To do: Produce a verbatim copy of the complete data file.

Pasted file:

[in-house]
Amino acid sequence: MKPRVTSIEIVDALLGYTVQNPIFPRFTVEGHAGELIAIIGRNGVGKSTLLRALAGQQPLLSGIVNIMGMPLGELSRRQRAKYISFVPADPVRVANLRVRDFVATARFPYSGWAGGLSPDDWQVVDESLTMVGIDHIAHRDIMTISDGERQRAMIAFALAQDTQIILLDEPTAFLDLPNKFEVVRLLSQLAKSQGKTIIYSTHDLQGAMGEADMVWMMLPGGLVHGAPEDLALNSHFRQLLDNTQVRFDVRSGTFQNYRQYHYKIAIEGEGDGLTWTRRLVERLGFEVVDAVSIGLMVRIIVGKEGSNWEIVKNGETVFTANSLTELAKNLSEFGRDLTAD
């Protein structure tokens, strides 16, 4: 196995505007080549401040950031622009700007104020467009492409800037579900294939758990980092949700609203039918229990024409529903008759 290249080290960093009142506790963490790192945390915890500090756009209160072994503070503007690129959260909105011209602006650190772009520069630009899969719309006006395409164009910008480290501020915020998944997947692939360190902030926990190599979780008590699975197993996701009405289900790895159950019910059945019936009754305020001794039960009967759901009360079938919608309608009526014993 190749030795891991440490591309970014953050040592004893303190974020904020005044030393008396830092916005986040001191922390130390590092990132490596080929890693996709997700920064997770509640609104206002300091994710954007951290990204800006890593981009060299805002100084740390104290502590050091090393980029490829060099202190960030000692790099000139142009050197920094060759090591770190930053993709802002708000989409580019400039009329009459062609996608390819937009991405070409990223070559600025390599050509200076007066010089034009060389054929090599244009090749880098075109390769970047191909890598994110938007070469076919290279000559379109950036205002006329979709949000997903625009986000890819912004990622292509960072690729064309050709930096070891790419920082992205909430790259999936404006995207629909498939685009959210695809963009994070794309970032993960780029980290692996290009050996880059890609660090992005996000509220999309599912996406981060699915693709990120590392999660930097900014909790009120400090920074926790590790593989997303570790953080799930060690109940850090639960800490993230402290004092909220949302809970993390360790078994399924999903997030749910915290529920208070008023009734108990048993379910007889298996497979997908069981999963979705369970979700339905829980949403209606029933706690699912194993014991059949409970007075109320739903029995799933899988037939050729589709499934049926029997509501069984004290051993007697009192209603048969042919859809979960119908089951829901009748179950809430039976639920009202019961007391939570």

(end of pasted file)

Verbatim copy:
[in-house]
Amino acid sequence: MKPRVTSIEIVDALLGYTVQNPIFPRFTVEGHAGELIAIIGRNGVGKSTLLRALAGQQPLLSGIVNIMGMPLGELSRRQRAKYISFVPADPVRVANLRVRDFVATARFPYSGWAGGLSPDDWQVVDESLTMVGIDHIAHRDIMTISDGERQRAMIAFALAQDTQIILLDEPTAFLDLPNKFEVVRLLSQLAKSQGKTIIYSTHDLQGAMGEADMVWMMLPGGLVHGAPEDLALNSHFRQLLDNTQVRFDVRSGTFQNYRQYHYKIAIEGEGDGLTWTRRLVERLGFEVVDAVSIGLMVRIIVGKEGSNWEIVKNGETVFTANSLTELAKNLSEFGRDLTAD
């Protein structure tokens, strides 16, 4: 196995505007080549401040950031622009700007104020467009492409800037579900294939758990980092949700609203039918229990024409529903008759 290249080290960093009142506790963490790192945390915890500090756009209160072994503070503007690129959260909105011209602006650190772009520069630009899969719309006006395409164009910008480290501020915020998944997947692939360190902030926990190599979780008590699975197993996701009405289900790895159950019910059945019936009754305020001794039960009967759901009360079938919608309608009526014993 190749030795891991440490591309970014953050040592004893303190974020904020005044030393008396830092916005986040001191922390130390590092990132490596080929890693996709997700920064997770509640609104206002300091994710954007951290990204800006890593981009060299805002100084740390104290502590050091090393980029490829060099202190960030000692790099000139142009050197920094060759090591770190930053993709802002708000989409580019400039009329009459062609996608390819937009991405070409990223070559600025390599050509200076007066010089034009060389054929090599244009090749880098075109390769970047191909890598994110938007070469076919290279000559379109950036205002006329979709949000997903625009986000890819912004990622292509960072690729064309050709930096070891790419920082992205909430790259999936404006995207629909498939685009959210695809963009994070794309970032993960780029980290692996290009050996880059890609660090992005996000509220999309599912996406981060699915693709990120590392999660930097900014909790009120400090920074926790590790593989997303570790953080799930060690109940850090639960800490993230402290004092909220949302809970993390360790078994399924999903997030749910915290529920208070008023009734108990048993379910007889298996497979997908069981999963979705369970979700339905829980949403209606029933706690699912194993014991059949409970007075109320739903029995799933899988037939050729589709499934049926029997509501069984004290051993007697009192209603048969042919859809979960119908089951829901009748179950809430039976639920009202019961007391939570």